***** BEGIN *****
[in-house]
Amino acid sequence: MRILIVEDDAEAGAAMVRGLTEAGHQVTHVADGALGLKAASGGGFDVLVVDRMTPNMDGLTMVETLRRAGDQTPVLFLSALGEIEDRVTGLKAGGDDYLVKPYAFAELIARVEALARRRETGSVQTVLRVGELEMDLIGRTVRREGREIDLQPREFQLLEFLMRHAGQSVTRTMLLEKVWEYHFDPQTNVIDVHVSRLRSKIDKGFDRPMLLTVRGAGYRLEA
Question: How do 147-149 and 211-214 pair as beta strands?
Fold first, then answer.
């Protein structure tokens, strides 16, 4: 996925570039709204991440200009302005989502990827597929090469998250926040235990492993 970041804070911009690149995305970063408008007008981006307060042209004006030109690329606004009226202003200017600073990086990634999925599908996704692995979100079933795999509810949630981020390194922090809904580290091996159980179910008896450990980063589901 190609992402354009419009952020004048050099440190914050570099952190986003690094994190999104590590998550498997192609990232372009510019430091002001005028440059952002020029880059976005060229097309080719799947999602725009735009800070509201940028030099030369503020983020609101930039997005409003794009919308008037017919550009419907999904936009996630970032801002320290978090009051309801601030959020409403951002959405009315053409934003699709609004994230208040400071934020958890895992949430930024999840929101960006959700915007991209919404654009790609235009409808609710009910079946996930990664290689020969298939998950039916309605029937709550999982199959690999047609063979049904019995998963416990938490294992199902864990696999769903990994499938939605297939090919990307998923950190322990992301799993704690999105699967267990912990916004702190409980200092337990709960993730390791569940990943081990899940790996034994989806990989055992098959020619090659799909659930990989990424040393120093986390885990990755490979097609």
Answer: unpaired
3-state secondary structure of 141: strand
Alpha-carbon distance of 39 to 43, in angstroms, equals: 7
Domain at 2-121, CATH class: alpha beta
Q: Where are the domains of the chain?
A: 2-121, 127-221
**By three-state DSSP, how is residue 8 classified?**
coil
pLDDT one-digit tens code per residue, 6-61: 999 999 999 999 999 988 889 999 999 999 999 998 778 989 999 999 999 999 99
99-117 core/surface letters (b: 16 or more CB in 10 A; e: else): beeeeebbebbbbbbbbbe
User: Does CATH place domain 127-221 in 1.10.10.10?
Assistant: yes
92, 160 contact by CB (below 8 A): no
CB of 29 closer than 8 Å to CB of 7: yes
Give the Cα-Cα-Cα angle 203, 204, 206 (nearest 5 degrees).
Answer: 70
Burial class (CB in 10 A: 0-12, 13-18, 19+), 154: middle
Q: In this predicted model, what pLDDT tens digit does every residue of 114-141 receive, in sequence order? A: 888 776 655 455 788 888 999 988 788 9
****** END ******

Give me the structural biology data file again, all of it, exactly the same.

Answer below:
[in-house]
Amino acid sequence: MRILIVEDDAEAGAAMVRGLTEAGHQVTHVADGALGLKAASGGGFDVLVVDRMTPNMDGLTMVETLRRAGDQTPVLFLSALGEIEDRVTGLKAGGDDYLVKPYAFAELIARVEALARRRETGSVQTVLRVGELEMDLIGRTVRREGREIDLQPREFQLLEFLMRHAGQSVTRTMLLEKVWEYHFDPQTNVIDVHVSRLRSKIDKGFDRPMLLTVRGAGYRLEA
Question: How do 147-149 and 211-214 pair as beta strands?
Fold first, then answer.
């Protein structure tokens, strides 16, 4: 996925570039709204991440200009302005989502990827597929090469998250926040235990492993 970041804070911009690149995305970063408008007008981006307060042209004006030109690329606004009226202003200017600073990086990634999925599908996704692995979100079933795999509810949630981020390194922090809904580290091996159980179910008896450990980063589901 190609992402354009419009952020004048050099440190914050570099952190986003690094994190999104590590998550498997192609990232372009510019430091002001005028440059952002020029880059976005060229097309080719799947999602725009735009800070509201940028030099030369503020983020609101930039997005409003794009919308008037017919550009419907999904936009996630970032801002320290978090009051309801601030959020409403951002959405009315053409934003699709609004994230208040400071934020958890895992949430930024999840929101960006959700915007991209919404654009790609235009409808609710009910079946996930990664290689020969298939998950039916309605029937709550999982199959690999047609063979049904019995998963416990938490294992199902864990696999769903990994499938939605297939090919990307998923950190322990992301799993704690999105699967267990912990916004702190409980200092337990709960993730390791569940990943081990899940790996034994989806990989055992098959020619090659799909659930990989990424040393120093986390885990990755490979097609």
Answer: unpaired
3-state secondary structure of 141: strand
Alpha-carbon distance of 39 to 43, in angstroms, equals: 7
Domain at 2-121, CATH class: alpha beta
Q: Where are the domains of the chain?
A: 2-121, 127-221
**By three-state DSSP, how is residue 8 classified?**
coil
pLDDT one-digit tens code per residue, 6-61: 999 999 999 999 999 988 889 999 999 999 999 998 778 989 999 999 999 999 99
99-117 core/surface letters (b: 16 or more CB in 10 A; e: else): beeeeebbebbbbbbbbbe
User: Does CATH place domain 127-221 in 1.10.10.10?
Assistant: yes
92, 160 contact by CB (below 8 A): no
CB of 29 closer than 8 Å to CB of 7: yes
Give the Cα-Cα-Cα angle 203, 204, 206 (nearest 5 degrees).
Answer: 70
Burial class (CB in 10 A: 0-12, 13-18, 19+), 154: middle
Q: In this predicted model, what pLDDT tens digit does every residue of 114-141 receive, in sequence order? A: 888 776 655 455 788 888 999 988 788 9